As I was browsing through blogs this afternoon, Bacchus was laying near by turning the air blue. Just about the same time I noticed an article on how cattle respond to magnetic fields from power lines and it got me to thinking about all the wonderful studies being done - like why pigs smell the way they do and how much gas is expelled by cattle - and sleeping Saint Bernards. So I read further.
Studies have shown that
cows and deer tend to align their bodies with the Earth's magnetic poles. Why these studies have been done I have no idea. I have even less of an idea who funds them but it does keep researchers employed. It's fascinating stuff though. They've found there are no particular weather patterns that go along with this behavior other then when the sun shines they will not stand in one another's shadow. I never noticed, but then I don't frequent pastures when cows are present.
It has now been discovered that if power lines are in the area it messes up a cow's compass. Since power lines produce their own magnetic field the animals are more likely to stand in random directions according to their proximity to the lines. Here I always thought they stood with their backs to the wind!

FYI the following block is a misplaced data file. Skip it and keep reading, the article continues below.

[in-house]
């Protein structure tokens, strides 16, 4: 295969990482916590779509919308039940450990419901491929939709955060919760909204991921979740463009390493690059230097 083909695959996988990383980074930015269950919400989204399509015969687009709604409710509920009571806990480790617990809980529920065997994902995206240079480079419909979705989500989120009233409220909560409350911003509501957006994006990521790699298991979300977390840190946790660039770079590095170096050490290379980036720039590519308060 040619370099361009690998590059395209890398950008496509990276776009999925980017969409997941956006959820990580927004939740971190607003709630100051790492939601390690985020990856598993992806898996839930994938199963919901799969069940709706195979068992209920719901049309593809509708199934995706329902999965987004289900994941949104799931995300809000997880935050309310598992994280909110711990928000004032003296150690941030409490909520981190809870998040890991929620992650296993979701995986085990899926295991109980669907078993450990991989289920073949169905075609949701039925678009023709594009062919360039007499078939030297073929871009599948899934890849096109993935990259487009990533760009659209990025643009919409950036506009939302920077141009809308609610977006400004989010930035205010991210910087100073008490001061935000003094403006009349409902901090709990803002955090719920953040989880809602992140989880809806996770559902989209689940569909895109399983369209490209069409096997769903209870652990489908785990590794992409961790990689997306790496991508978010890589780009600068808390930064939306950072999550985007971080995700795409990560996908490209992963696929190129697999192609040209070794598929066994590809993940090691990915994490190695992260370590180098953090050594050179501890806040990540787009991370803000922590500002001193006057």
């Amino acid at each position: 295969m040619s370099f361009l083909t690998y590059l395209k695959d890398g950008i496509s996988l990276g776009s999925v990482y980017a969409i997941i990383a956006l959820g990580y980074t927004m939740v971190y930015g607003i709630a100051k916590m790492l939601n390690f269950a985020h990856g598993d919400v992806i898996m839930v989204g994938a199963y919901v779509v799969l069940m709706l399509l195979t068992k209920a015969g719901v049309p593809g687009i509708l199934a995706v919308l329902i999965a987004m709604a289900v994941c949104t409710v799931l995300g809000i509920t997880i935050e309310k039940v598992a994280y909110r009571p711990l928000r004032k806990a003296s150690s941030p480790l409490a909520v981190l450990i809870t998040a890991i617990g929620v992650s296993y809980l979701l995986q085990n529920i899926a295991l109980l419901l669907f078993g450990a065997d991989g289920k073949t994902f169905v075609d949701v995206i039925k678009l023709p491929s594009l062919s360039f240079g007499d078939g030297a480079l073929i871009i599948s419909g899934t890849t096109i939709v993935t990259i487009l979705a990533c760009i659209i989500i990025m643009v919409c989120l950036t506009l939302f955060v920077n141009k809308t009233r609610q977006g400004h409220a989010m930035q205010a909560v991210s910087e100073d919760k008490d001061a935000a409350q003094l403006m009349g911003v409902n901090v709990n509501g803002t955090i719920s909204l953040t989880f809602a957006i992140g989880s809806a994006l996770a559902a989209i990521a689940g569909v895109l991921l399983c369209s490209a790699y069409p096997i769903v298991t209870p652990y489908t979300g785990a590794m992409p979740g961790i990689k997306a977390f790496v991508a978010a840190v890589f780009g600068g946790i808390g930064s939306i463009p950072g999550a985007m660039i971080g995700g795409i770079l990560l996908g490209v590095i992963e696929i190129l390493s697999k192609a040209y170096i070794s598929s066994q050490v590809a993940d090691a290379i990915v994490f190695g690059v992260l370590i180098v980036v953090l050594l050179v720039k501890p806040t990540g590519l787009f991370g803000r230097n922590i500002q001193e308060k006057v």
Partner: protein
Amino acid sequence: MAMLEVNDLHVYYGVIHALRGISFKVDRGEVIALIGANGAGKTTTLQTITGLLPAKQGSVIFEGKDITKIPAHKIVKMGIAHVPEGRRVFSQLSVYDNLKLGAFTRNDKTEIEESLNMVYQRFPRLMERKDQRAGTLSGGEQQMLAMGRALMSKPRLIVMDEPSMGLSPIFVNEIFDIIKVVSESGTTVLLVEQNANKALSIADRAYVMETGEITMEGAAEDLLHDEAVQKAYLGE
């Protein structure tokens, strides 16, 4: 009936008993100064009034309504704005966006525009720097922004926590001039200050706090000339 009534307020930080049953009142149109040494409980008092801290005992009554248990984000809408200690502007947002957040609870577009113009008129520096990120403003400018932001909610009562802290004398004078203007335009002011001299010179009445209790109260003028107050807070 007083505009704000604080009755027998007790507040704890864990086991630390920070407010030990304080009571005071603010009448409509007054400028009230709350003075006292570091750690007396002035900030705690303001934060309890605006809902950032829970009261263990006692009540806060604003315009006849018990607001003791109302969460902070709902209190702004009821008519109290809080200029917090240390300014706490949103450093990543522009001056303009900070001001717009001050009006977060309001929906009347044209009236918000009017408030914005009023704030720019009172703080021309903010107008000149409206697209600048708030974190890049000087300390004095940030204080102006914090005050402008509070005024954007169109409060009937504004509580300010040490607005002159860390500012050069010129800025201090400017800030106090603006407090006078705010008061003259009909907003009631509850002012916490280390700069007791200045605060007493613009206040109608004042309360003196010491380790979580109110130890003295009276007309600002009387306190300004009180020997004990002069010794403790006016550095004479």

This is all very scientific. Researchers used Google Earth satellite images in a study of 8,510 domestic cows in 308 pastures randomly located across six continents! I'm delighted Google Earth is being put to such good use. I've only used it to check out properties we've been interested in or how our house and yard looks from on high. But then I'm not a scientific researcher.
True, such study helps determine the migratory patterns of birds and other four legged critters with the same disposition like red and roe deer, whatever they are. It also could come in handy, as the reporter suggests, if you become lost in a cow pasture.
There is a more pertinent point, however. I found this information by reading, albeit on line. If our newspapers continue to disappear, who will hire and pay reporters to unearth this information? I'm probably being unnecessarily flip when it comes to the subject matter, but I'm completely serious about my last question. There is a lot of heavy duty scientific research and institutions involved in these studies and it took some heavy duty journalistic research to find it. To lose or not have access to it, no matter what your field of interest may be, is the tragedy of the decline of the newspaper industry.